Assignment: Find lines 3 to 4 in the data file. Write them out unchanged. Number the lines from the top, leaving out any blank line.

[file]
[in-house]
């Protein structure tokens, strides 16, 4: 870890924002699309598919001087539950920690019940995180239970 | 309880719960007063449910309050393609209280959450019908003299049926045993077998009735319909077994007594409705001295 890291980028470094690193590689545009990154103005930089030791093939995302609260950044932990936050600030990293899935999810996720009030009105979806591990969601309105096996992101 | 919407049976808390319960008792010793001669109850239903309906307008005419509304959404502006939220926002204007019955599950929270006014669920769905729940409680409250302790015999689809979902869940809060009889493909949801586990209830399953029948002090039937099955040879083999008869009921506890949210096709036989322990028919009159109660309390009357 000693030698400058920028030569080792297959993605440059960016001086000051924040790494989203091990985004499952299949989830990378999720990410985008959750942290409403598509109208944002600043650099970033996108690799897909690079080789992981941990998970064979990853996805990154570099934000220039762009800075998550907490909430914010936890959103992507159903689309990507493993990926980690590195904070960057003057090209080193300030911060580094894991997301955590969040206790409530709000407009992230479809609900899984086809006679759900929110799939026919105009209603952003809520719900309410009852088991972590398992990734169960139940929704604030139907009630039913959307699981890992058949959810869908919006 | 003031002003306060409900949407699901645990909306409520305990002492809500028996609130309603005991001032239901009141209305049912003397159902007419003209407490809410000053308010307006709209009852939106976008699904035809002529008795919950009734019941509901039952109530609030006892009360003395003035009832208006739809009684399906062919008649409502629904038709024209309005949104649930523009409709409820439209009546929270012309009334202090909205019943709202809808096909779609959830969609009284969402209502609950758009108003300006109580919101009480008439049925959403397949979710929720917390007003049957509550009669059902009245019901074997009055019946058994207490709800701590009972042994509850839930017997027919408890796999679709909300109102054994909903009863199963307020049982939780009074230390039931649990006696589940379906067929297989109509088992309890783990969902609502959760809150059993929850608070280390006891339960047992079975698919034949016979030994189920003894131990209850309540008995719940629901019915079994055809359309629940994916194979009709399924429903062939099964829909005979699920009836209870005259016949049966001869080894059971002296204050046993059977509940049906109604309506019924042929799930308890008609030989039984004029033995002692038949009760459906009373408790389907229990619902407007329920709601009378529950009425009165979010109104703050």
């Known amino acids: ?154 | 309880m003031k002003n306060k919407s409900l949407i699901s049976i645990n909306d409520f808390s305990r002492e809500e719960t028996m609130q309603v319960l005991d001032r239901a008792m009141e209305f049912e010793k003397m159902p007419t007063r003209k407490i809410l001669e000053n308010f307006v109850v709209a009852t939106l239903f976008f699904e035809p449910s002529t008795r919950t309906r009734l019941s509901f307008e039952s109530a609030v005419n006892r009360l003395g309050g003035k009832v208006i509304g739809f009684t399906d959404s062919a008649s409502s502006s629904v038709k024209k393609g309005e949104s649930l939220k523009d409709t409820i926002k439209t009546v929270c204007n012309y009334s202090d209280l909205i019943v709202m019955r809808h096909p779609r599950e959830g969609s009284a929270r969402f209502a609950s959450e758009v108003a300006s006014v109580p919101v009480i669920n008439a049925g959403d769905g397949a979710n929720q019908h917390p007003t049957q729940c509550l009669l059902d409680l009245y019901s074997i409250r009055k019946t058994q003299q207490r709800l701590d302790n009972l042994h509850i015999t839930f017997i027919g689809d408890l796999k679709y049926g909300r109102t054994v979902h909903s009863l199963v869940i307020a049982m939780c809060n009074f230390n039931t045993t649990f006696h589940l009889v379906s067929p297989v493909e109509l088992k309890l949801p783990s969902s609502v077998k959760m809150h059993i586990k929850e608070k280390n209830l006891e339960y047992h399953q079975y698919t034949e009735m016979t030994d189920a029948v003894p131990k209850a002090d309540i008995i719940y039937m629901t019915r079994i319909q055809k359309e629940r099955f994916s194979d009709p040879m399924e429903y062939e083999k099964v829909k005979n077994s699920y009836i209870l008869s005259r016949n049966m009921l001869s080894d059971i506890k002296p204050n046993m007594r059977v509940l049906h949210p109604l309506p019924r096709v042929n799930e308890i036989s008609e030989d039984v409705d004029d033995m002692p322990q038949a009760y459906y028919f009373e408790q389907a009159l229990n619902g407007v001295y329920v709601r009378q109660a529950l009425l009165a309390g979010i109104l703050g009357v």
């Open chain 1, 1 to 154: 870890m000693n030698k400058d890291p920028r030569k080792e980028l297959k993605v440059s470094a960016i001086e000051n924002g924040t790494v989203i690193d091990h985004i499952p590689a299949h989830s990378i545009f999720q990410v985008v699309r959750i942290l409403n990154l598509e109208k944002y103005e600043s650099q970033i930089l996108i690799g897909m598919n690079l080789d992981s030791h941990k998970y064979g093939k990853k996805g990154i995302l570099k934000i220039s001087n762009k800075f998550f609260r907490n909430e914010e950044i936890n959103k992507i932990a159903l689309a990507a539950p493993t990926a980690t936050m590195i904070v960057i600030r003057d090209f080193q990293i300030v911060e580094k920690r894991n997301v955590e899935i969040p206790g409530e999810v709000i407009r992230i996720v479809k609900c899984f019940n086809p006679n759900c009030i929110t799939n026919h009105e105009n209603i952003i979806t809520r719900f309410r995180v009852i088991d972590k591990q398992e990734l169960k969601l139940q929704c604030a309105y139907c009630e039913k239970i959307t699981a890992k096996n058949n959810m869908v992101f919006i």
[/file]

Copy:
């Known amino acids: ?154 | 309880m003031k002003n306060k919407s409900l949407i699901s049976i645990n909306d409520f808390s305990r002492e809500e719960t028996m609130q309603v319960l005991d001032r239901a008792m009141e209305f049912e010793k003397m159902p007419t007063r003209k407490i809410l001669e000053n308010f307006v109850v709209a009852t939106l239903f976008f699904e035809p449910s002529t008795r919950t309906r009734l019941s509901f307008e039952s109530a609030v005419n006892r009360l003395g309050g003035k009832v208006i509304g739809f009684t399906d959404s062919a008649s409502s502006s629904v038709k024209k393609g309005e949104s649930l939220k523009d409709t409820i926002k439209t009546v929270c204007n012309y009334s202090d209280l909205i019943v709202m019955r809808h096909p779609r599950e959830g969609s009284a929270r969402f209502a609950s959450e758009v108003a300006s006014v109580p919101v009480i669920n008439a049925g959403d769905g397949a979710n929720q019908h917390p007003t049957q729940c509550l009669l059902d409680l009245y019901s074997i409250r009055k019946t058994q003299q207490r709800l701590d302790n009972l042994h509850i015999t839930f017997i027919g689809d408890l796999k679709y049926g909300r109102t054994v979902h909903s009863l199963v869940i307020a049982m939780c809060n009074f230390n039931t045993t649990f006696h589940l009889v379906s067929p297989v493909e109509l088992k309890l949801p783990s969902s609502v077998k959760m809150h059993i586990k929850e608070k280390n209830l006891e339960y047992h399953q079975y698919t034949e009735m016979t030994d189920a029948v003894p131990k209850a002090d309540i008995i719940y039937m629901t019915r079994i319909q055809k359309e629940r099955f994916s194979d009709p040879m399924e429903y062939e083999k099964v829909k005979n077994s699920y009836i209870l008869s005259r016949n049966m009921l001869s080894d059971i506890k002296p204050n046993m007594r059977v509940l049906h949210p109604l309506p019924r096709v042929n799930e308890i036989s008609e030989d039984v409705d004029d033995m002692p322990q038949a009760y459906y028919f009373e408790q389907a009159l229990n619902g407007v001295y329920v709601r009378q109660a529950l009425l009165a309390g979010i109104l703050g009357v």
């Open chain 1, 1 to 154: 870890m000693n030698k400058d890291p920028r030569k080792e980028l297959k993605v440059s470094a960016i001086e000051n924002g924040t790494v989203i690193d091990h985004i499952p590689a299949h989830s990378i545009f999720q990410v985008v699309r959750i942290l409403n990154l598509e109208k944002y103005e600043s650099q970033i930089l996108i690799g897909m598919n690079l080789d992981s030791h941990k998970y064979g093939k990853k996805g990154i995302l570099k934000i220039s001087n762009k800075f998550f609260r907490n909430e914010e950044i936890n959103k992507i932990a159903l689309a990507a539950p493993t990926a980690t936050m590195i904070v960057i600030r003057d090209f080193q990293i300030v911060e580094k920690r894991n997301v955590e899935i969040p206790g409530e999810v709000i407009r992230i996720v479809k609900c899984f019940n086809p006679n759900c009030i929110t799939n026919h009105e105009n209603i952003i979806t809520r719900f309410r995180v009852i088991d972590k591990q398992e990734l169960k969601l139940q929704c604030a309105y139907c009630e039913k239970i959307t699981a890992k096996n058949n959810m869908v992101f919006i």